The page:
How to Deal With an Alcoholic Parent

Clinically Reviewed by Linda Whiteside, LPCC

Medically Reviewed by: Dr. Ryan Peterson, MD

How to Deal With an Alcoholic Parent

Table of Contents

Expert Advice On Dealing With An Alcoholic Parent

According to a study by the National Institute on Alcohol Abuse and Alcoholism, an estimated 29.5 million Americans aged 12 and above had an Alcohol Use Disorder (AUD) in 2021. A major part of statistics is adults with kids around or in the position of a parent. Alcohol abuse is an difficult problem, and it seriously affect their families.

Although alcohol abuse can be a devastating situation to be in, regardless of the responsibilities undertaken by the patient, however, if they are performing the role of a parent, the effects can be even more substantial. Alcohol addiction in a household can have far-reaching consequences for children of all ages.

Having some expert advice on how to deal with an alcoholic parent that may help you and your family through these difficult times is important.

What is It Like To Live With A Parent Who Has An Alcohol Or Substance Use Problem?

What Is It Like To Live With A Parent Who Has An Alcohol Or Substance Use Problem

Living with a parent who is an alcoholic or has other substance use problems can be difficult for both the parents and their children. It’s often hard to understand why your parent is acting or behaving in such a way, and it can be very confusing. You may feel angry, scared, helpless, ashamed, or confused.

You must try to talk to your parent about their problem and let them know that you are there for them if they need help. It’s also important to remember that your parent’s behavior is not a reflection of you; it’s due to the drug abuse problem.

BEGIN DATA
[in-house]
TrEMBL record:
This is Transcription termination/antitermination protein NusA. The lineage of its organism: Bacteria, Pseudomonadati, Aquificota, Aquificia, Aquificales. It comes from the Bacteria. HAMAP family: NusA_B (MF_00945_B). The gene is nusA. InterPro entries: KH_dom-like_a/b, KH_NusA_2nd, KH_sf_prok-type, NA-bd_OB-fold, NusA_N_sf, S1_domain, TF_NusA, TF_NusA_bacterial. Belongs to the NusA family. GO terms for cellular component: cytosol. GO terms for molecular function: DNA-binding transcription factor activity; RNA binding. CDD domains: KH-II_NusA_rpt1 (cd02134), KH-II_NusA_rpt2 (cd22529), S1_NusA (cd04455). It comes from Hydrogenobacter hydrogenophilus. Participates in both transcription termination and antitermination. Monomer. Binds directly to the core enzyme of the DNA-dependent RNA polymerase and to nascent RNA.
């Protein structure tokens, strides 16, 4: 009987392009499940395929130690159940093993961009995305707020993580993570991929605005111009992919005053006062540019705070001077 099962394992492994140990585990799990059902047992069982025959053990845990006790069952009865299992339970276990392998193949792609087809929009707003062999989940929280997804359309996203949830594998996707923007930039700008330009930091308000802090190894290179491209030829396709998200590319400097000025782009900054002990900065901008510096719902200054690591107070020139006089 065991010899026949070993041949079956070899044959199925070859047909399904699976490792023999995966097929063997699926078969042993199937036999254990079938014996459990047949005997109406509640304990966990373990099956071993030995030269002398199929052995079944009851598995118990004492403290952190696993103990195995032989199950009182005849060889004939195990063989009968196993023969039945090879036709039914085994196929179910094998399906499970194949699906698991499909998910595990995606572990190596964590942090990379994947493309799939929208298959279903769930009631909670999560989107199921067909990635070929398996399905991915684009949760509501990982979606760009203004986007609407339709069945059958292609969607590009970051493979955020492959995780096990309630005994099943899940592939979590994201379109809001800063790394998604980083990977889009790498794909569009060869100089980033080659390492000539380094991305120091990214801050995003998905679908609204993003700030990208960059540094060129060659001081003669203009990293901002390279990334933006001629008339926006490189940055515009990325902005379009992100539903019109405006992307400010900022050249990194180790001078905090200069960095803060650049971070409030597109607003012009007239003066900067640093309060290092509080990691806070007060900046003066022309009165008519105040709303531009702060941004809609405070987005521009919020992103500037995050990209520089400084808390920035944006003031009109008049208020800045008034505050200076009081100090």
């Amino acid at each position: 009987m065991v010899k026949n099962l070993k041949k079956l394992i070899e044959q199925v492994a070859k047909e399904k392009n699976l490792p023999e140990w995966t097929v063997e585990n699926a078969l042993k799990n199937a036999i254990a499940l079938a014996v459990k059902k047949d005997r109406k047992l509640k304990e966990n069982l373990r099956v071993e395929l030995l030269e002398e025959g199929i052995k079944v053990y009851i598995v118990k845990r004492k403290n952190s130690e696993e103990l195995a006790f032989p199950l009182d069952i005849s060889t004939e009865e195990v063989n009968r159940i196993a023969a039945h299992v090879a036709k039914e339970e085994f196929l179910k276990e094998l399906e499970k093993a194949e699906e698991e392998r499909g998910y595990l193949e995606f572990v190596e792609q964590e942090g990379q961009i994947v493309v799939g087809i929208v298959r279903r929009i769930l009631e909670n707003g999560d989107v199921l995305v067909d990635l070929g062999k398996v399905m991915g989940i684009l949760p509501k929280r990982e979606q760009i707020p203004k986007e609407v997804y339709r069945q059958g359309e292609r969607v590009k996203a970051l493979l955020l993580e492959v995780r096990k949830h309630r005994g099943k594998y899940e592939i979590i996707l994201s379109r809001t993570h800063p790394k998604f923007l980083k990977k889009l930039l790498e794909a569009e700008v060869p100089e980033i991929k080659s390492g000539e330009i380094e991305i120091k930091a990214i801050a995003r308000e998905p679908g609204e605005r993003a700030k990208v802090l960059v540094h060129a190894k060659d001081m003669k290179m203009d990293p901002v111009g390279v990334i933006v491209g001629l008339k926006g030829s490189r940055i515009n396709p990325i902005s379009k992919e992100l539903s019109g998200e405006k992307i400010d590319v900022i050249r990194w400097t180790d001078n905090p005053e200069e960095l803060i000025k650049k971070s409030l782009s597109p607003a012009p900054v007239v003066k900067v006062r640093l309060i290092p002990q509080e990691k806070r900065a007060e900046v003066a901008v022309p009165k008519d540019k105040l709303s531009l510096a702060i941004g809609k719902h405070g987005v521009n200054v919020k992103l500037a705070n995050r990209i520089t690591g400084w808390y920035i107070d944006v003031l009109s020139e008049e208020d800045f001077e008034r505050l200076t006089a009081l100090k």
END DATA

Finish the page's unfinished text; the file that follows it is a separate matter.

It can be helpful to talk to someone about your feelings and experiences to help you process and cope with the situation. You may want to contact a school counselor, therapist, or trusted adult for support. Helplines are available that provide resources and support for children of alcoholics or those dealing with substance use problems.

How Do Most People Feel?

Many people who have grown up with alcoholic parents say it left them feeling hurt, angry, or guilty. It can also be a difficult experience to talk about due to feelings of shame and embarrassment.

Others report feeling isolated and lonely, as their parent’s problem often gets in the way of making friends or participating in activities. It can be difficult to relate to other children when your home life differs from than theirs.

It’s also common for children of alcoholics to feel huge responsibility for their parent’s drinking. They often take on the role of caregiver to protect them from harm or intervene when they are out of control. This can lead to anxiety, depression, and other mental health issues in children of alcoholic parents.

How Do Most People Act?

How Do Most People Act

It’s common for children of alcoholics to develop certain behaviors or coping strategies to survive the situation. Studies show many adolescents will become people pleasers, developing a false sense of control so they won’t have to deal with the chaos and disorder at home.

In some cases, children may also act out or rebel against authority to express their frustrations and pent-up anger. This type of behavior can be especially dangerous if it leads to criminal or anti-social activities, so it’s important for these children to find healthy outlets for their emotions.

Other children may act out differently, becoming overly responsible and perfectionistic to feel secure and have some semblance of control in their lives. While these behaviors may provide temporary relief, they can cause long-term psychological damage if left unchecked.

Having an alcoholic parent can be an isolating experience, and children of alcoholics may find themselves with few friends or activities. These children need to seek out healthy relationships and activities to cope with their feelings and gain some relief from the situation at home.

The best thing that a child of an alcoholic parent can do is to talk to someone about their experience. Professional help, such as counseling, can be invaluable in helping these children come to terms with their situation and learn how to cope with its effects on their lives.

How Family Life Might Be Affected

How Family Life Might Be Affected